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Why Use a Backpack Rain Cover?

If you’re going on an extended backpacking trip over the course of days or weeks, you will almost certainly experience rain and other less than ideal weather conditions. Why risk having to deal with soaked or even potentially ruined gear? A backpack rain cover is an inexpensive add-on to your pack (some packs even include a rain cover with purchase or have them incorporated into the pack design) that can be deployed quickly and easily to keep your pack and its contents dry in wet weather. In this Expert Advice video, Backcountry Edge Gear Specialist Becky reviews the benefits of backpack rain covers and gives some pointers on sizing and use. Watch and learn why the question at hand is really, “why would you NOT use a backpack rain cover?”

Backpack Rain Covers - A Short Guide to Benefits and Use

Protect the gear inside your pack while keeping your backpack dry

Water beads up and runs off of rain covers
Water beads up and runs off of rain covers like this one

Backpack rain covers are made from waterproof material that causes rain to bead up and run off the surface instead of soaking in. Creating a barrier between the outer material of your pack (which is likely only water resistant) and the rain, the pack cover is an added layer of protection between your gear and the elements.

 

While essential gear items like tents or sleeping pads are unlikely to lose their effectiveness if they should become wet, they can wick moisture through the fabric of your backpack in the rain and become water logged (along with the pack itself). This adds unnecessary weight to your load and unpleasant work for you to attempt drying your gear before using it in camp.

 

Tip: Because rain covers stretch around your pack’s main pack bag and leave access to straps for carrying in the rain, you may want to add dry bags to your packing arsenal to assure that your most valuable gear definitely doesn’t get wet. In persistent rain over the course of hours, moisture may soak in between your body and the back of your pack under your straps where the rain cover does not reach. While this water infiltration is minor compared to that which can occur without a rain cover, it is still important to consider when packing.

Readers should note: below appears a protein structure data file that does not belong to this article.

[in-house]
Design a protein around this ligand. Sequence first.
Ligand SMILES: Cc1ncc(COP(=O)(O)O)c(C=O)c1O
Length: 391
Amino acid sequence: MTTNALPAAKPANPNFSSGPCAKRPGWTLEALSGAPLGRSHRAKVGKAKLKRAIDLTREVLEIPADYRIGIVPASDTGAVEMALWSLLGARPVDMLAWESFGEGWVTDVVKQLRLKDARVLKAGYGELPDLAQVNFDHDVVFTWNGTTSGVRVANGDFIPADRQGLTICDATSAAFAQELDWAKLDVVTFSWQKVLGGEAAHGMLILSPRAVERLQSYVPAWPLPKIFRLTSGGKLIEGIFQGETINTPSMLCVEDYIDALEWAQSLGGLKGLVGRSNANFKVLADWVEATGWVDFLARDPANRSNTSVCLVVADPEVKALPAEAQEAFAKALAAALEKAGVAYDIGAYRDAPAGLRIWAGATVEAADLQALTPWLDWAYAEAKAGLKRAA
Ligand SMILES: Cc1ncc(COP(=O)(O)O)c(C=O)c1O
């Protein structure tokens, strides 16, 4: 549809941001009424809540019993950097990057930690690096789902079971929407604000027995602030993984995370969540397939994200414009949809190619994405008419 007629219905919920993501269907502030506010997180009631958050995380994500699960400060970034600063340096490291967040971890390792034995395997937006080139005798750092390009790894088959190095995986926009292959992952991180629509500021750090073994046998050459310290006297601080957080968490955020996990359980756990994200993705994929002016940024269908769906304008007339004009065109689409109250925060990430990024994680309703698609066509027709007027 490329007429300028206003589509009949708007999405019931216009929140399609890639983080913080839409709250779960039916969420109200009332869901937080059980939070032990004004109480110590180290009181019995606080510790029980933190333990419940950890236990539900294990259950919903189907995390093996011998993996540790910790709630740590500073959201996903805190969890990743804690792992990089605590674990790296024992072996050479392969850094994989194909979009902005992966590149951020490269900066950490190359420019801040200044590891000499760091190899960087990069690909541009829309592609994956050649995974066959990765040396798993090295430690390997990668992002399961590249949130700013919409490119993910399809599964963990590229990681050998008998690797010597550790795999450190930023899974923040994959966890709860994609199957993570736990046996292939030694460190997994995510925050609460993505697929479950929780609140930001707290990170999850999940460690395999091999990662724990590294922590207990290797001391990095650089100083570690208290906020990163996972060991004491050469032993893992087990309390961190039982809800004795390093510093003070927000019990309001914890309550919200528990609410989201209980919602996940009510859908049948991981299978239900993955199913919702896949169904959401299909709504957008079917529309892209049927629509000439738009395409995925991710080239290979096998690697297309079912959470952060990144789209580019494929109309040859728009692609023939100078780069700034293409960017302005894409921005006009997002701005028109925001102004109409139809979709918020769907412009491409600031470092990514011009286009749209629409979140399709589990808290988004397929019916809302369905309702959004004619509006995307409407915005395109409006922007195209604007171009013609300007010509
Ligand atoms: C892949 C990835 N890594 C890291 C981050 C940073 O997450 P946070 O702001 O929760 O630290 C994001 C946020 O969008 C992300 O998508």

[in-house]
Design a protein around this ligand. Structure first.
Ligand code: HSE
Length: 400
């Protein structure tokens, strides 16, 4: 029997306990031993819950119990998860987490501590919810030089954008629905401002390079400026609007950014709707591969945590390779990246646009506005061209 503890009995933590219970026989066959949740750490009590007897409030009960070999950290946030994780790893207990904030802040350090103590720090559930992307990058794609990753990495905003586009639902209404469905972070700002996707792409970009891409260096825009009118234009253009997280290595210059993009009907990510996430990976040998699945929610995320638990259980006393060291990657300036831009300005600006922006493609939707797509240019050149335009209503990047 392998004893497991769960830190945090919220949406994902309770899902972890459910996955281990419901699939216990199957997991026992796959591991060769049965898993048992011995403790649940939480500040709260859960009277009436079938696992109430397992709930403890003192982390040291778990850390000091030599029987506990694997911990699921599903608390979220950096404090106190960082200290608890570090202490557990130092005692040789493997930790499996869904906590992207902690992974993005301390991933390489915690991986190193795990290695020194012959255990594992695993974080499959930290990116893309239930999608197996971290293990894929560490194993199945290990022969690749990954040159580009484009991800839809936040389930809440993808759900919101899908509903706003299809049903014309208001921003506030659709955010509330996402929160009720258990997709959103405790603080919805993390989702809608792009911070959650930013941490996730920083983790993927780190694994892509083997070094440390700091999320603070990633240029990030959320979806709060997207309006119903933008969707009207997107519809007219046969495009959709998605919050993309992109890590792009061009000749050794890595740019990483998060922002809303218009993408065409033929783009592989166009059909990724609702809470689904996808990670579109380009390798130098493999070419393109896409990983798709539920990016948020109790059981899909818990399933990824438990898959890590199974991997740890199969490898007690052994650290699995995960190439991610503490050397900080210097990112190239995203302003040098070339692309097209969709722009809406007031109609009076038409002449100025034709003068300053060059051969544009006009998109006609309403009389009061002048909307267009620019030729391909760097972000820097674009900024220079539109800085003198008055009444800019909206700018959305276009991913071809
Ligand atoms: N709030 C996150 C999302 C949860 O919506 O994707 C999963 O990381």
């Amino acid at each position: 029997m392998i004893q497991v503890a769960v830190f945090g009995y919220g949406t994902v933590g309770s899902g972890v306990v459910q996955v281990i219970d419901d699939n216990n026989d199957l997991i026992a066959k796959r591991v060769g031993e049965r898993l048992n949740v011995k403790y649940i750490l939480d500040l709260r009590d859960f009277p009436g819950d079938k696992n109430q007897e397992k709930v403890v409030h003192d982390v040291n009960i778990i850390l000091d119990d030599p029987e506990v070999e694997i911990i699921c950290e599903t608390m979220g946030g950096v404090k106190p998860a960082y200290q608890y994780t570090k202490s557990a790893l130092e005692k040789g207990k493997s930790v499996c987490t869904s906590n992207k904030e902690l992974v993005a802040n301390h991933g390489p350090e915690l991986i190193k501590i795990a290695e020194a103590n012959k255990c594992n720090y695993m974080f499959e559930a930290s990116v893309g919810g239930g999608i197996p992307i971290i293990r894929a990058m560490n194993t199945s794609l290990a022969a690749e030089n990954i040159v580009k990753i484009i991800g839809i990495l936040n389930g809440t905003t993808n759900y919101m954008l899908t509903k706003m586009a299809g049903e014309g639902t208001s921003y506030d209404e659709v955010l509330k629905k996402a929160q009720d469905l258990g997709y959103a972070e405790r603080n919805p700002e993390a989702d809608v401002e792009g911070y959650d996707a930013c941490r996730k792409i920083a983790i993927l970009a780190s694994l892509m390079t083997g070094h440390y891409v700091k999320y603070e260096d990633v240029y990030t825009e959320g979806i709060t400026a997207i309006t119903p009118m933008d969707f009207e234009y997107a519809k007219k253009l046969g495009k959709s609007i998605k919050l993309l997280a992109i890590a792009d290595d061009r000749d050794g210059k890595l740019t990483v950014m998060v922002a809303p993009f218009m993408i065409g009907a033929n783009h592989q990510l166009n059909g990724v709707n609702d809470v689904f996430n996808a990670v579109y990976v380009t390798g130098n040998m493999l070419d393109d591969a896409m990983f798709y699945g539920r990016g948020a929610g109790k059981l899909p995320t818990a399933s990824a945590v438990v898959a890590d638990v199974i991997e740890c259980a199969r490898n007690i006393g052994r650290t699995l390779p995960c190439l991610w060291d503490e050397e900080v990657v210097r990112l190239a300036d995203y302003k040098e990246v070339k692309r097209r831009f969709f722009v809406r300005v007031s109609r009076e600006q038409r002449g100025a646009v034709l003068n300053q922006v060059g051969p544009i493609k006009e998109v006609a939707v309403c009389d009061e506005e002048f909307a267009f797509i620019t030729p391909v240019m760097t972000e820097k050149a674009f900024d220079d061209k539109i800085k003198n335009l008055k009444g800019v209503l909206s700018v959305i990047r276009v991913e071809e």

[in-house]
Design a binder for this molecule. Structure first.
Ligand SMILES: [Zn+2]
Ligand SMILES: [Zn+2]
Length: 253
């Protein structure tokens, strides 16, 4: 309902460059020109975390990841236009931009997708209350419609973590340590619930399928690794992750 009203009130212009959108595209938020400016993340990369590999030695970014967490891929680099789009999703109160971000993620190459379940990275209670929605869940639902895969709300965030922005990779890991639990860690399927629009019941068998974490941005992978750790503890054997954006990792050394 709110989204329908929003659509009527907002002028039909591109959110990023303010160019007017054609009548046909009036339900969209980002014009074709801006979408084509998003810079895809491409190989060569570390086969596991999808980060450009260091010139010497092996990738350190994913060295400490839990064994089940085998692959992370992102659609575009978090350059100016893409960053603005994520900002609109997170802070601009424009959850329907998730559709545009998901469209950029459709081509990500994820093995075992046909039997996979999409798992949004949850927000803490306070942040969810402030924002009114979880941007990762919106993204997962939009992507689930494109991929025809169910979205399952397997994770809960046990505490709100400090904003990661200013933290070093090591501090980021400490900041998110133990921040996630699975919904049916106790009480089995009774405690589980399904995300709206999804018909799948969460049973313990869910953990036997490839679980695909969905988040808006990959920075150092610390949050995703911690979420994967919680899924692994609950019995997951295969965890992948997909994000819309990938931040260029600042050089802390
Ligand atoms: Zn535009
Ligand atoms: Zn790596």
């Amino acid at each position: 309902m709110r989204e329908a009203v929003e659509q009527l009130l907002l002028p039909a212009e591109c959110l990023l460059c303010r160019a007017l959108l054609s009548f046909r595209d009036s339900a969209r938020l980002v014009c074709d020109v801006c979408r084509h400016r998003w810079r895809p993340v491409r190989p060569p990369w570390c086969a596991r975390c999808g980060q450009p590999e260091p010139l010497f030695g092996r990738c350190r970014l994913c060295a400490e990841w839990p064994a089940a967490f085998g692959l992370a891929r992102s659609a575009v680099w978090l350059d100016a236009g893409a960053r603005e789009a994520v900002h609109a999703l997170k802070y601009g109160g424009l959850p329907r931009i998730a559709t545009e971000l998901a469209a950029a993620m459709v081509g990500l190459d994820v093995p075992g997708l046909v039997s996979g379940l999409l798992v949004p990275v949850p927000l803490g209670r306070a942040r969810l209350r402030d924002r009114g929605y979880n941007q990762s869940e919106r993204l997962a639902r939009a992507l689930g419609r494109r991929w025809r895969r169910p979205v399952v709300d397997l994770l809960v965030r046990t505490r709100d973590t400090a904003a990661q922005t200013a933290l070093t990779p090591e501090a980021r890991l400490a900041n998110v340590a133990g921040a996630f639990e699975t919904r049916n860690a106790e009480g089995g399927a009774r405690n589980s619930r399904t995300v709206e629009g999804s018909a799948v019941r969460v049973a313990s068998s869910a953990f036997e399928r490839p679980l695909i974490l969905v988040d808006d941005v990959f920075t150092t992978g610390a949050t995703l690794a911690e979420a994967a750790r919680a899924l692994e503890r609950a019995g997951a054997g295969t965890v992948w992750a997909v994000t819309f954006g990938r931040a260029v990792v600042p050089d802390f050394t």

Rain covers are lightweight & packable…and versatile!

Rain covers are lightweight, packable, and versatile
Rain covers add very little to your pack weight, and the benefits are worth it!

For the amount of potential protection they offer, backpack rain covers take up virtually no room among your packed gear and weigh almost nothing. (For example, the rain cover seen in our video weighs about 4 ounces).

 

And, your rain cover can serve more than just the purpose of protecting your pack from rain. For instance, if all the seating surfaces in camp are wet from a recent rain, you can sit on the rain cover to keep yourself dry. Or, you might use it as a staging pad for packing and unpacking gear.

 

Tip: While on the trail, keep your rain cover in an easily accessible location, such as an outer pocket, or even lashed to the exterior of your pack, so it can be quickly deployed in the event of a sudden downpour.

 

A note on rain cover sizing

Rain covers come in many shapes and sizes
Rain covers come in a wide range of shapes and sizes to accomodate different backpacks

Backpack rain covers come in a variety of sizes and shapes to accommodate the wide range of backpacks on the market, and the major backpack manufacturers produce rain covers that are somewhat tailored to fit their specific packs. That said, rain covers are generally sized to correspond to pack volume ranges (for example, the rain cover in our video fits packs between 3050 and 5500 cubic inches in volume), and you may be able to choose a rain cover for your pack that’s made by another backpack manufacturer (or even a third party brand), instead of having to choose the one that matches the brand of your pack.

 

Tip: Do remember to consider whether you plan to lash a lot of gear to the exterior of your pack, as that may affect the size of the cover you will need (or, if your pack features an integrated cover, it may change the coverage area that the rain cover is able to protect).